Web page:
Sunday, December 25, 2016


In the past, I pointed out that most on the left joined, at least in past, out of a juvenile desire to be part of a "heroic struggle"*, that the left appeals especially to the young as it gives young people what they crave, the ability to be part of some melodramatic, "big", "important" struggle, to "make a difference" and so on. And, in general, those conservatives I know who read my arguments have agreed, seeing the immaturity in the need to be part of some titanic struggle, rather than simply being part of the "dull and boring" day to day life of productive work and family life.

The problem with this is that the right sometimes does the same. Where the left devalues everyday life by venerating those who struggle to overturn the way things are, the right has adopted a more "establishment", but every bit as melodramatic, view. For the right, the adoration is not for rebels, but rather for soldiers and police. In other words, they decided to reserve hero status for those who risk life and limb.

Now, I understand, in part this is a reaction to the left's tendency to denigrate both groups, and also because, these people really do risk life and limb, but still, if we look at it with objectivity, there is some of the same immaturity in the right's choice as the left's.

I am not trying to take away from the jobs done by soldiers and police (my father was a police officer, and most of my relatives have served in the military, some for their entire lives). They do important work. But there is something juvenile in holding forth as heroic and valuable only those who engage in life and death struggles, in praising only those who engage in an obvious struggle. In a way, it is simply the flip side of the left's veneration of the rebel**.

I would argue, those who deserve praise most of all are those who make our life possible, and as comfortable as it is. I mean by this, those who hold down a daily job, as well as those who found and run the businesses, who create the inventions and sell the products. In short, pretty much all those who do their part to keep things running. And yes, this includes police and soldiers, who play an important part, but not the only one.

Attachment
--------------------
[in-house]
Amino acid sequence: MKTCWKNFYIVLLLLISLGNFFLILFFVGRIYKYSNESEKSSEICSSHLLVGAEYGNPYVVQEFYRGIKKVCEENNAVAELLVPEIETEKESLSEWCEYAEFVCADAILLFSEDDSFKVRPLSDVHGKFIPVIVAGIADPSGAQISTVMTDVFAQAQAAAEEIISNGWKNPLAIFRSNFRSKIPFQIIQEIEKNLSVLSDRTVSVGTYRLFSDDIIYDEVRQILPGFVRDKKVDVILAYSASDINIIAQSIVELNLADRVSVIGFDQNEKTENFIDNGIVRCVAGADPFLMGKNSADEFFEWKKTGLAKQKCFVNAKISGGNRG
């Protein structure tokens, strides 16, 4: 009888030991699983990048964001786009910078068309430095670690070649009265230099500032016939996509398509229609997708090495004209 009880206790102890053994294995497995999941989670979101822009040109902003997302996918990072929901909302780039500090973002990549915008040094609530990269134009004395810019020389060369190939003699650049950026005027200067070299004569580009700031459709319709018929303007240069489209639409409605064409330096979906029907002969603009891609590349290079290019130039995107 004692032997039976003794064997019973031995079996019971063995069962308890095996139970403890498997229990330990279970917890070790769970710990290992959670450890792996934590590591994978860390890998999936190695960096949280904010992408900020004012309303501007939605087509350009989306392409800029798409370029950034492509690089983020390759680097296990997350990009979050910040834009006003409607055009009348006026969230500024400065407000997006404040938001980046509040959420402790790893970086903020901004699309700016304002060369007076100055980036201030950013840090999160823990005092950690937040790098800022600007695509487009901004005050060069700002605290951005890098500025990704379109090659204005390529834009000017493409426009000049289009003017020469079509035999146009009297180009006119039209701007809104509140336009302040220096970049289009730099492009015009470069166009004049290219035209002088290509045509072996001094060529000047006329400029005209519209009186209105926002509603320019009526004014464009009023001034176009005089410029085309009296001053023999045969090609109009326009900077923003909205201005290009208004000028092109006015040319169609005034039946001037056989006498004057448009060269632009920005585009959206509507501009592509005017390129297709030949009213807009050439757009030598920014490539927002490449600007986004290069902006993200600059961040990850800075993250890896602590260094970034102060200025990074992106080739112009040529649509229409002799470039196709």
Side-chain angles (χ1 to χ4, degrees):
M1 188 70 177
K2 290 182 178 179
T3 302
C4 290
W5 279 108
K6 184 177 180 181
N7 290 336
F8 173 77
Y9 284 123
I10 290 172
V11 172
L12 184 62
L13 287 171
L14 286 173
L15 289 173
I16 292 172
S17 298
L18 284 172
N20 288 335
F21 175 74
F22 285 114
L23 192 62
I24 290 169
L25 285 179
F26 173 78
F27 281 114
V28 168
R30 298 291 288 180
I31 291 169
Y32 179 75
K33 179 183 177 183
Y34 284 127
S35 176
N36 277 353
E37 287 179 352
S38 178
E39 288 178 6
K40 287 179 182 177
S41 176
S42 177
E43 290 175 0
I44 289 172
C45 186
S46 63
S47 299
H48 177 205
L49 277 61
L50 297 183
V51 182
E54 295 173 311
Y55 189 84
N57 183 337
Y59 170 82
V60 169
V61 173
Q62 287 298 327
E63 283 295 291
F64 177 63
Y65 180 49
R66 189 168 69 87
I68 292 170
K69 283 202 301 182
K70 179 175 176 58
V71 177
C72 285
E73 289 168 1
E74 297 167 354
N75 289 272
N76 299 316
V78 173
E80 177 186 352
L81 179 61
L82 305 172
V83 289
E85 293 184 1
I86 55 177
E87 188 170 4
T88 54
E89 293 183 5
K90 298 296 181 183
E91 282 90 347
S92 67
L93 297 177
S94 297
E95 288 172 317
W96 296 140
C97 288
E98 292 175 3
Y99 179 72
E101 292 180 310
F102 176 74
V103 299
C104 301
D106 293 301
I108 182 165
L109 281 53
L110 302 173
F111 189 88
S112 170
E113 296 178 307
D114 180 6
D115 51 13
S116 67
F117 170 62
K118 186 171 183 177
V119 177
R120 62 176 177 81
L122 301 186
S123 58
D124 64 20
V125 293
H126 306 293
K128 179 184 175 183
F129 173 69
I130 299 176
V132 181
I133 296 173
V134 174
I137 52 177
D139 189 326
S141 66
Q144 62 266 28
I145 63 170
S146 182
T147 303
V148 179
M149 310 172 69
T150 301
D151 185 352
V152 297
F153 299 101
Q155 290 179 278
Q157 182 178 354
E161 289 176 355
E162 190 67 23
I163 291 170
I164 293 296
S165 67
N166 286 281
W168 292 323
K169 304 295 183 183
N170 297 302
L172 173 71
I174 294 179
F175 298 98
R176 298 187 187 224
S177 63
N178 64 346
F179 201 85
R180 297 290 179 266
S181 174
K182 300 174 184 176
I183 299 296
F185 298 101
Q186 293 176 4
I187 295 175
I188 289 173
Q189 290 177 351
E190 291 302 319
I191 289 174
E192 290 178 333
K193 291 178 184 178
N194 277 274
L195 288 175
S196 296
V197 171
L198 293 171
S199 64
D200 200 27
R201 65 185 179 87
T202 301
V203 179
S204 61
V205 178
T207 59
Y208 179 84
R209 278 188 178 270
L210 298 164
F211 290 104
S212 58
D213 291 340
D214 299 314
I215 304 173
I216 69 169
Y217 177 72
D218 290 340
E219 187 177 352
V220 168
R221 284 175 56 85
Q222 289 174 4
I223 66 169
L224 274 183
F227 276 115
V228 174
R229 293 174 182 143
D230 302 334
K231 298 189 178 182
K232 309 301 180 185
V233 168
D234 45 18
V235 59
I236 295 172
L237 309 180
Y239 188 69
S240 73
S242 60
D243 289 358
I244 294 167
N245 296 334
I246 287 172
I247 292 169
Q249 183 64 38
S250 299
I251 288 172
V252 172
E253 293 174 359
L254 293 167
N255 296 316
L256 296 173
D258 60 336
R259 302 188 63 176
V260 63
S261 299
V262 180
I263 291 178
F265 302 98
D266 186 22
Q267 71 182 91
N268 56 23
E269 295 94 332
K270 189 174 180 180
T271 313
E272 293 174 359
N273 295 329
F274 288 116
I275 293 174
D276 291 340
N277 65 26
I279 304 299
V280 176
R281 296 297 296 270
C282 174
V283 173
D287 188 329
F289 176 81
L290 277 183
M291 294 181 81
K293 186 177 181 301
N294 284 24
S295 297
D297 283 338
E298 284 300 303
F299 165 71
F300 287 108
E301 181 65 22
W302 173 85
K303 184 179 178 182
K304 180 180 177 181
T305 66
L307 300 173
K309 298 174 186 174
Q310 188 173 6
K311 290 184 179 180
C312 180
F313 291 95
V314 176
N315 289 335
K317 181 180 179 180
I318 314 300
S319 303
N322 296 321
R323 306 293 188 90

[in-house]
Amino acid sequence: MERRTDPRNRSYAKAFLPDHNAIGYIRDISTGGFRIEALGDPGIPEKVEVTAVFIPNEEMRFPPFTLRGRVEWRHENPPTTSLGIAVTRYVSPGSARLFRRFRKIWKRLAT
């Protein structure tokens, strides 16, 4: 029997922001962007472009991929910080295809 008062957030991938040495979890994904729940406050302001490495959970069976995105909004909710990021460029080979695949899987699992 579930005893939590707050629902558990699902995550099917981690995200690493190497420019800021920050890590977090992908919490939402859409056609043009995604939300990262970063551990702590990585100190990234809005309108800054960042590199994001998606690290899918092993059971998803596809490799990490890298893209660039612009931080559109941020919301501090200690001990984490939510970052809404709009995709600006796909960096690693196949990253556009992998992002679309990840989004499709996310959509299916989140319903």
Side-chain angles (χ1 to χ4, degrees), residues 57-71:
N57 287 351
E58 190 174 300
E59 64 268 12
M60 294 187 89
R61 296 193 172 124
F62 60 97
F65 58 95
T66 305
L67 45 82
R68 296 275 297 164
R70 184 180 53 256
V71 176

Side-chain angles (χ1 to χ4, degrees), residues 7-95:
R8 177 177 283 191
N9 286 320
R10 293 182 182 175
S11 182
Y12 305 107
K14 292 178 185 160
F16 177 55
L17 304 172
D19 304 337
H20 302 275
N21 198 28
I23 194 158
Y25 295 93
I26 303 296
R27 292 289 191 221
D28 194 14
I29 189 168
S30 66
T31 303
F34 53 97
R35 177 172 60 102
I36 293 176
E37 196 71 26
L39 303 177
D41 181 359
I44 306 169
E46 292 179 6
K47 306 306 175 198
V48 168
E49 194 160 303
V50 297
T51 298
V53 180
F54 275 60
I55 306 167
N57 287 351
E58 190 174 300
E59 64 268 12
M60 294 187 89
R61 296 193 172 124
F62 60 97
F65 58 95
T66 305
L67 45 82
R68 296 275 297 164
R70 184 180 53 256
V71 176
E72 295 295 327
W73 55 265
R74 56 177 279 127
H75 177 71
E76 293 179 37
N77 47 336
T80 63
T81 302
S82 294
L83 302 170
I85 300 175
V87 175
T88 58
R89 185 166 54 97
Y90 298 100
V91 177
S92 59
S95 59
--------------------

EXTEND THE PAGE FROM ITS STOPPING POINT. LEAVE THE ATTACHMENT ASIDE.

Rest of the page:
This is not meant to denigrate soldiers or police, I believe both play an important role. Rather, I am trying to point out the role played by everyone else, a role the right tends to forget when praising only those engaged in some obvious and dramatic struggle. Yes, without police and soldiers, life would fall apart. But, I am willing to wager, if every store closed tomorrow, farms stopped growing and factories producing, society would collapse even more rapidly. Domestic criminals, and foreign aggressors, both can cause serious problems, but it would take time, much more time than would be required for the shut down of our economy to begin taking lives.

And thus, I think when we on the right are handing out laurels, it may be useful for us, at least sometimes, to stop praising exclusively the soldiers and police (and for a moment after 9/11, the "first responders"***), and maybe give a little praise to everyone else, all those engaged in running our massive, complex economy.


* See "The Path of Least Resistance", "Juvenile Intellectuals", "Deadly Cynicism", "Self-Serving Cynicism and Our Cultural Immaturity", "O Tempora! O Mores!, or, The High Cost of Supposed Freedom", "An Immature Society", "Trophy Spouses", "Cranky Old Man?", "Pushing the Envelope", "Look Out It's the End Times!", "Life Is Not Fair - And Trying To Make It So Makes Things Worse", "Prelude to a Future Essay on Heroic Ethics and Romanticism", "The Threat of Perfection", "Utopianism and Disaster", "All Life in a Day, or, How Our Mistaken View of History Distorts Our Understanding of Events" and "Catastrophic Thinking, The Political, Economic and Social Impact of Seeing History in the Superlative".

** In a way, it is akin to the habit of the very young to think only of very visible figures who engage in obvious conflicts, soldiers, police, firemen and athletes. The very young cannot see anything interesting in the accountant or the physicist, and so he does not take an interest in them. Similarly, because there is no obvious struggle, or single dramatic achievement in accounting or on the assembly line, the right tends to forget the crucial role they play in our society.

*** Odd how this list so often sounds like a very young child's list of "what do you want to be when you grow up?"

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